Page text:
Acton Institute Powerblog

Unemployment as Economic-Spiritual Indicator — May 2016 Report

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UnemploymentSeries Note: Jobs are one of the most important aspects of a morally functioning economy. They help us serve the needs of our neighbors and lead to human flourishing both for the individual and for communities. Conversely, not having a job can adversely affect spiritual and psychological well-being of individuals and families. Because unemployment is a spiritual problem, Christians in America need to understand and be aware of the monthly data on employment. Each month highlight the latest numbers we need to know (see also: What Christians Should Know About Unemployment).

Positive news is marked with the plus sign (+) while negative employment data is marked with a minus sign (-). No significant change is marked by (NC).

Overview: While most of the metrics were positive, few jobs were added and a large number of Americans dropped out of the labor for, making this one of the worst jobs report in years.

Number of new jobs added (): 38,000

Unemployment rate (+): 4.7 percent

Total number unemployed (NC): 7.4 million.

Employment-population ratio (NC): 59.7 percent.

Change by worker groups: adult men (+), adult women (+), teenagers (NC), blacks (NC), whites (+), Asians (NC), and Hispanics (+).

Long-term unemployed (+): 1.9 million and accounted for 25.1 percent of the unemployed.

Civilian labor force participation rate (-): 62.6 percent.

Persons employed part time for economic reasons (-): 6.4 million.

Discouraged workers (+): 538,000.


Unemployment: According to the federal government, to be unemployed a person must (a) be jobless, (b) looking for a job, and (c) available for work.People are considered employed if they have a job (whether temporary, part-time, etc.). People who are neither employed nor unemployed are considered to be not in the labor force.

Unemployment rate: Calculated by dividing the number of unemployed individuals by all individuals currently in the labor force.

Total number unemployed: number of people unemployed in America in the previous month.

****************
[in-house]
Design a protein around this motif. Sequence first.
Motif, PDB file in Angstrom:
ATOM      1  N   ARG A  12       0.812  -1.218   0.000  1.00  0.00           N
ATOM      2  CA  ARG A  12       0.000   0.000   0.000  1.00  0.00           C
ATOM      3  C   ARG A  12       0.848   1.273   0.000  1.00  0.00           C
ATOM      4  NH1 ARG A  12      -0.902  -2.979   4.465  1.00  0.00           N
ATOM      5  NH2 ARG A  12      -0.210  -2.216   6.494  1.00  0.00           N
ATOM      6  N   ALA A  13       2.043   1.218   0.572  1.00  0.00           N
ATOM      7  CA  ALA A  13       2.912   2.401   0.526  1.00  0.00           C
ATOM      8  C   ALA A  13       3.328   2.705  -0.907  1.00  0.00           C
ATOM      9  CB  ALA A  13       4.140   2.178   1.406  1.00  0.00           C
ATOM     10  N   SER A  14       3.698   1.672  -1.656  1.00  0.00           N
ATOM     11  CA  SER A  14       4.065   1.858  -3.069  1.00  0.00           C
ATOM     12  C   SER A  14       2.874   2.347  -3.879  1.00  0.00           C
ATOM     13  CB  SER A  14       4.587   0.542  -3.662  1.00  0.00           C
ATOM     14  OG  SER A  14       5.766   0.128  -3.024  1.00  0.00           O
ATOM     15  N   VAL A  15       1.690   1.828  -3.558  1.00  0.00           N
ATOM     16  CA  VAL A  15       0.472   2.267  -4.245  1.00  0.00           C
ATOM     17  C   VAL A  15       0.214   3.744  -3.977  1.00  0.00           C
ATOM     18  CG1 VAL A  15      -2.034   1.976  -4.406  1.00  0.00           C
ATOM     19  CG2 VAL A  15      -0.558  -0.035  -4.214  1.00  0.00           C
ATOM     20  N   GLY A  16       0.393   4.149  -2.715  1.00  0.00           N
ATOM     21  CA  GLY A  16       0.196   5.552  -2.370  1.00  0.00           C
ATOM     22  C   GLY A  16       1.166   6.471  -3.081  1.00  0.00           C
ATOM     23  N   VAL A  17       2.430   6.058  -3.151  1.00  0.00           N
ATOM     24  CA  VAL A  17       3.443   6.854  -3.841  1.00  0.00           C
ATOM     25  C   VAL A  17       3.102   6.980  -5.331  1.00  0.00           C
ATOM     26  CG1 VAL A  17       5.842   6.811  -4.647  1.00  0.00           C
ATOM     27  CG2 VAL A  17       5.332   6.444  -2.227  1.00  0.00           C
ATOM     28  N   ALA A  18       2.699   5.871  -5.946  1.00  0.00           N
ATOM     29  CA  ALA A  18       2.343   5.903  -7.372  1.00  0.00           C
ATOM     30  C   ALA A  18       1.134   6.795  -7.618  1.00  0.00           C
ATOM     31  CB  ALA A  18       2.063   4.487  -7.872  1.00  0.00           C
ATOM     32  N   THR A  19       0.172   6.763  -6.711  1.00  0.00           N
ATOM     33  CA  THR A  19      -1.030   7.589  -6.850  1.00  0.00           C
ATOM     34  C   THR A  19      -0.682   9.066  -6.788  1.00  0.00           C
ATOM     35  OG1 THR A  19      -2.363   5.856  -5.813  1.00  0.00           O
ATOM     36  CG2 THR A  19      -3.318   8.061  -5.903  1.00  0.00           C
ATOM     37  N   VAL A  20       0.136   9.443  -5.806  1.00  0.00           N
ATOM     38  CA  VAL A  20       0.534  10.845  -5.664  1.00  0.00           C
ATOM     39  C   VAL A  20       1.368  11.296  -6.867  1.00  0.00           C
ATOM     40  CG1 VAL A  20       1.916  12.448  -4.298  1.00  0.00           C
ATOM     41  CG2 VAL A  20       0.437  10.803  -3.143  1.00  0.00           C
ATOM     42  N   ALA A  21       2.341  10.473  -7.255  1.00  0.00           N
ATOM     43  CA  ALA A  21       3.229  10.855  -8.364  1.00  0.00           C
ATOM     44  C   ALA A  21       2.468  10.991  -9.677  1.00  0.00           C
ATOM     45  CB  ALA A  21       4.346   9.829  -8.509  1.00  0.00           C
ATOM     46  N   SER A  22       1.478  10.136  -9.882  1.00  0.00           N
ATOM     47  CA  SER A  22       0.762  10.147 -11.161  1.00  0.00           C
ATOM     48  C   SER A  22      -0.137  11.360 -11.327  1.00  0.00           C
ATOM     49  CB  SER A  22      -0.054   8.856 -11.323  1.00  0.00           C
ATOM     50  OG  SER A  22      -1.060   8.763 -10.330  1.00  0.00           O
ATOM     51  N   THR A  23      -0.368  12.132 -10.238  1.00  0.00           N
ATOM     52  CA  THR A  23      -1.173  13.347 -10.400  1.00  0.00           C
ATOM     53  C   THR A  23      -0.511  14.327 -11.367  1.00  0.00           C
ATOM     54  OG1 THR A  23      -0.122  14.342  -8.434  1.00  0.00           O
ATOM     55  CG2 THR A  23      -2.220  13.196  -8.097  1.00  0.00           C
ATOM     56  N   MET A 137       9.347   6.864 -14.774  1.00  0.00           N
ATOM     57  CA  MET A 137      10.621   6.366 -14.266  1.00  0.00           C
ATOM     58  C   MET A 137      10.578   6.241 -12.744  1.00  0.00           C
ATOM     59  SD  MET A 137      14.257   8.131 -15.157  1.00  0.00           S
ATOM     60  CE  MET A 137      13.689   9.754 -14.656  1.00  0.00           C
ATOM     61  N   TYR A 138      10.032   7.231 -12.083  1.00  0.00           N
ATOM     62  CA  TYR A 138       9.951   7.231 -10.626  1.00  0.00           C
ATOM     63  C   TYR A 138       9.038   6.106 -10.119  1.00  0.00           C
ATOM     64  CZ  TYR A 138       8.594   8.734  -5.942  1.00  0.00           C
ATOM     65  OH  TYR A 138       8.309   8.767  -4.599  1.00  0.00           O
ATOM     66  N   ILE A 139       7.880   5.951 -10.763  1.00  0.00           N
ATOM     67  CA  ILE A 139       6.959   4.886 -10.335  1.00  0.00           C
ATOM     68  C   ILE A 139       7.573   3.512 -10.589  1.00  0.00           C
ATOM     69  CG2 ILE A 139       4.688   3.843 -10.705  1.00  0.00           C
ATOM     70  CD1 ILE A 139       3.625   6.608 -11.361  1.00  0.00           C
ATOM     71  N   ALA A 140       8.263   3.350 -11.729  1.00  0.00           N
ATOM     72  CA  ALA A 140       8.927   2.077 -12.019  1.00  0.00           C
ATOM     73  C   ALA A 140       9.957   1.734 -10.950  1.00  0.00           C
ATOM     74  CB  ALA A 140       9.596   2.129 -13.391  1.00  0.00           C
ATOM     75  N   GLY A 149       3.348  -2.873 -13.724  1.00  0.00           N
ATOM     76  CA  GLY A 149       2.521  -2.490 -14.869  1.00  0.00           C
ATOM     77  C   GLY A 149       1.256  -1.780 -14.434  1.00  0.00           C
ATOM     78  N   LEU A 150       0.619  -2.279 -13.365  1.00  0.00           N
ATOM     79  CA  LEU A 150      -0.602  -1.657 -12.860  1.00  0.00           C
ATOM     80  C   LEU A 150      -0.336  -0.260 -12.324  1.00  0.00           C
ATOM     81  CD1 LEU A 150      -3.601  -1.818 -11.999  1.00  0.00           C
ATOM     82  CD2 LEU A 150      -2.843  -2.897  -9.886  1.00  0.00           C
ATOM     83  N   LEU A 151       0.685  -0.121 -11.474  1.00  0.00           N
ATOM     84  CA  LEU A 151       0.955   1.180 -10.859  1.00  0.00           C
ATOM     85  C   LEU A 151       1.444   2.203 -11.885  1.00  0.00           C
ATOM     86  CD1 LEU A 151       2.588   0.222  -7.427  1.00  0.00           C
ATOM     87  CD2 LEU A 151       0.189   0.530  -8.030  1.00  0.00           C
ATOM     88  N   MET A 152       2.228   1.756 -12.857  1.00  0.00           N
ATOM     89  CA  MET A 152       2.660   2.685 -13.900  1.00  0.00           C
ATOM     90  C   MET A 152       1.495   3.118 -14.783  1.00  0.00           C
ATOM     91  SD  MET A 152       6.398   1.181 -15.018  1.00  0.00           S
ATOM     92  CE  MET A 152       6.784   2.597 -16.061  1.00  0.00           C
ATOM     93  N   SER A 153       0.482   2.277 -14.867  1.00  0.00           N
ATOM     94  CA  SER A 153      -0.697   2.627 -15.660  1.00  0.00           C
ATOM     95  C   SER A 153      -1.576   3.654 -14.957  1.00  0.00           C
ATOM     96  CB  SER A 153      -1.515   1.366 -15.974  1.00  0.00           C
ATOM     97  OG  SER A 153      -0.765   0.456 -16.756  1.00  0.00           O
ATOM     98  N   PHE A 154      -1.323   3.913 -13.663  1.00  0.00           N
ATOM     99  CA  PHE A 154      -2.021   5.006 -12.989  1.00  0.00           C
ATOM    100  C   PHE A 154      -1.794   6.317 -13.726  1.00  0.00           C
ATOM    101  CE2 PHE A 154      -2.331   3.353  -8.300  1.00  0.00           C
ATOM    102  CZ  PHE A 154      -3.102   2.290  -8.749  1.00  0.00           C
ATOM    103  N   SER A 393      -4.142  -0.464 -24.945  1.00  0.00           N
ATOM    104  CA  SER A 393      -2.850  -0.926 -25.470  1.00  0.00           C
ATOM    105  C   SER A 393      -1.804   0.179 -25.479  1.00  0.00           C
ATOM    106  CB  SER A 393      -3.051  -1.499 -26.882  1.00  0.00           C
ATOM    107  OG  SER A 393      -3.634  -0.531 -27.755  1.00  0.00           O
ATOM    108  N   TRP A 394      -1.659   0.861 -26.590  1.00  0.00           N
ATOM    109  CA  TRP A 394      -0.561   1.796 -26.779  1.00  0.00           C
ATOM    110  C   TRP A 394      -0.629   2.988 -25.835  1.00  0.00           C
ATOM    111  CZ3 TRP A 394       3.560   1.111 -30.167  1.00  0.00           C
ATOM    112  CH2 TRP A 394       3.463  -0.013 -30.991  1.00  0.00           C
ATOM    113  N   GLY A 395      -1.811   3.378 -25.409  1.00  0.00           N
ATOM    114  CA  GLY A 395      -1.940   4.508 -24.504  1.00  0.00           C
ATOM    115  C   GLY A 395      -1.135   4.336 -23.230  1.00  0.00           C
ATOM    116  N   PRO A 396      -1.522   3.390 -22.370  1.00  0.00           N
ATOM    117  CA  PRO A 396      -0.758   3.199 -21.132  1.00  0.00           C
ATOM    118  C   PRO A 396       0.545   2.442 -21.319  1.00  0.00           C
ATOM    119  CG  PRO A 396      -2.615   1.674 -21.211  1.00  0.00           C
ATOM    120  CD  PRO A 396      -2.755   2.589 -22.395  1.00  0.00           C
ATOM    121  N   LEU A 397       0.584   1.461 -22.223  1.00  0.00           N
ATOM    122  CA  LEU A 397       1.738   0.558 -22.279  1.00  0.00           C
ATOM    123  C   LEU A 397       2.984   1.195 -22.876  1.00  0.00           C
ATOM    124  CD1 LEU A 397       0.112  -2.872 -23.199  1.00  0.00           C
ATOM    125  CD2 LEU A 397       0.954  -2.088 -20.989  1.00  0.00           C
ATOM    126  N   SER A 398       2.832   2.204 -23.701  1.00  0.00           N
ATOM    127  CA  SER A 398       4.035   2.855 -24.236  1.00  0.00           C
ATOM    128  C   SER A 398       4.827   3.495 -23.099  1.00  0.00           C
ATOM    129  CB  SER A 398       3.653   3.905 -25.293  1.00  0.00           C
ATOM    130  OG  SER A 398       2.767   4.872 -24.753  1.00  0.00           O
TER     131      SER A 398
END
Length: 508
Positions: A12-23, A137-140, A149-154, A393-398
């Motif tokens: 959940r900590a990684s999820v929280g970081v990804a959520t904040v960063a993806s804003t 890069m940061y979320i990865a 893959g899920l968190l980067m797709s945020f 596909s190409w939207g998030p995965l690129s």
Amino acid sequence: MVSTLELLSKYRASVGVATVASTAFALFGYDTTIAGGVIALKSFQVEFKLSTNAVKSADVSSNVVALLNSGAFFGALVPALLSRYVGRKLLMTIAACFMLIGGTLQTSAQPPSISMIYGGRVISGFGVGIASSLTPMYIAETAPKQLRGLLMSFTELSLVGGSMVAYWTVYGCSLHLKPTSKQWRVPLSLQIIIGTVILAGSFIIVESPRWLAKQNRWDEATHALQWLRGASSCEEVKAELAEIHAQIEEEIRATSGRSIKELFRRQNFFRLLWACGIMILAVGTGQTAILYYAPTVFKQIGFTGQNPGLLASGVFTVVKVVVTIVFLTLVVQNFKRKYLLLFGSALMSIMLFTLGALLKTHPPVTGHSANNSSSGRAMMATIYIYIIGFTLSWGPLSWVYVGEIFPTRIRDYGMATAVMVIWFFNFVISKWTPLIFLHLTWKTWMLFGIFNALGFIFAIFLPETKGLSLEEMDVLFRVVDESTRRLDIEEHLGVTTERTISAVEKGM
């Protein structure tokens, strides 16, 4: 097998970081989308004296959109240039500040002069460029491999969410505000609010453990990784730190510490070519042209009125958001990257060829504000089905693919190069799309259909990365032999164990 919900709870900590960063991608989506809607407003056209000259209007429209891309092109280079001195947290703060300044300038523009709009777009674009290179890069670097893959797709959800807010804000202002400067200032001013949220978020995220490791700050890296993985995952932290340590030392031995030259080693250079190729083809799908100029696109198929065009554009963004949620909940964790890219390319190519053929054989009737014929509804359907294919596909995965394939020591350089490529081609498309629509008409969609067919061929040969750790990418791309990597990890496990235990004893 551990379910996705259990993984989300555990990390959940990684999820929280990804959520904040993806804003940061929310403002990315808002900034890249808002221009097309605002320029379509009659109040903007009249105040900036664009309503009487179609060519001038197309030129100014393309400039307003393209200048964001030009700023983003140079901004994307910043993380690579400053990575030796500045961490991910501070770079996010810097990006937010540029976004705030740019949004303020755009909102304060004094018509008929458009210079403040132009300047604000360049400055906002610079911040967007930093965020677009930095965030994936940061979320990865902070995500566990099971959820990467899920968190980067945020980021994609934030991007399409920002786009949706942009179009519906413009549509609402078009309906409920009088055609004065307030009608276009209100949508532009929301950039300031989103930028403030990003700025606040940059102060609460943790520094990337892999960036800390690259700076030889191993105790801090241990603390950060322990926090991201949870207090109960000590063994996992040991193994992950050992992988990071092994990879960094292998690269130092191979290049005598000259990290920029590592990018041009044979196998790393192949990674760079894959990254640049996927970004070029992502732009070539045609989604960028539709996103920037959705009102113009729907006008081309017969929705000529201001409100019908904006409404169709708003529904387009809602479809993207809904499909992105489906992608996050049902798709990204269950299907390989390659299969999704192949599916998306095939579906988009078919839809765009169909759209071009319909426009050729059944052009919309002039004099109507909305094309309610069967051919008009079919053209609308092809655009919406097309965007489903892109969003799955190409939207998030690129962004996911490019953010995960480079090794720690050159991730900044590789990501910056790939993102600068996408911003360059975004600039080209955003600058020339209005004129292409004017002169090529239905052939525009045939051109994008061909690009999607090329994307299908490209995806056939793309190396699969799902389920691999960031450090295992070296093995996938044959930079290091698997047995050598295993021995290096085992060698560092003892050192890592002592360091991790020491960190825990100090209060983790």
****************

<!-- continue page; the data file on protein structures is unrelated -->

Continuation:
Employment-population ratio: measures the proportion of the country’s working-age population (ages 16 to 64) that is employed. This number includes people that have stopped looking for work.

Change by worker groups: whether the number of unemployed in that group increased or decreased.

Long-term unemployed: People who have been unemployed for 12 months or longer.

Civilian labor force participation rate: share of the population 16 years and older working or seeking work.

Persons employed part time for economic reasons: individuals who would have preferred full-time employment but were working part time because their hours had been cut back or because they were unable to find a full-time job.

Discouraged workers: unemployed individuals who have stopped looking for work for one of four reasons:

1. They believe no job is available to them in their line of work or area.
2. They had previously been unable to find work.
3. They lack the necessary schooling, training, skills, or experience.
4. Employers think they are too young or too old, or they face some other type of discrimination.

Joe Carter Joe Carter is a Senior Editor at the Acton Institute. Joe also serves as an editor at the The Gospel Coalition, a communications specialist for the Ethics and Religious Liberty Commission of the Southern Baptist Convention, and as an adjunct professor of journalism at Patrick Henry College. He is the editor of the NIV Lifehacks Bible and co-author of How to Argue like Jesus: Learning Persuasion from History's Greatest Communicator (Crossway).


  • Steve Vinzinski

    One bad one in 60 months is not a failure.If this trend continues three or four months in a row the matter becomes dangerous.I have a point I just wonder if some people turn down jobs with out cause,I suffer from multiple disabilities and have a steady stream of offers.I have many friends nearing seventy who agree they have a steady stream of employment situations.

    • Well but the total number of employed has decreased dramatically since the recession. Declining unemployment has only meant huge numbers of discouraged workers. Also, the data for Jan – April were as bad as May but seasonal adjustments hid that from all but those of us who pay attention to how the numbers are massaged.

      • Steve Vinzinski

        Thank you for the reply.Over the past almost thirty years I have spent about three total years in various hospitals in many different states.I have incurred two major Mi’s,left sided CVA,ten Caths,two PTCA’s and a nine graft by-pass.Double chamber pacemaker and many Tia’s.Cancer of the kidney with removal.Bone CA with removal,CA of the face with surgery.Major depression and bi-polar with shock therapy.Hip replacement and take over twenty prescriptions a day with yearly out of pocket nearing $50,000.00 a year.But never did I fail to find work in the worst times.It could be pumping gas at a Hess station to working in a deli.I hear so many people complaining and tell them where there is work they do not want to hear the same.Eighty per cent of my my work was pro-bono and actually cost me money.I just went out no matter how much pain and worked.I hope you have a nice week.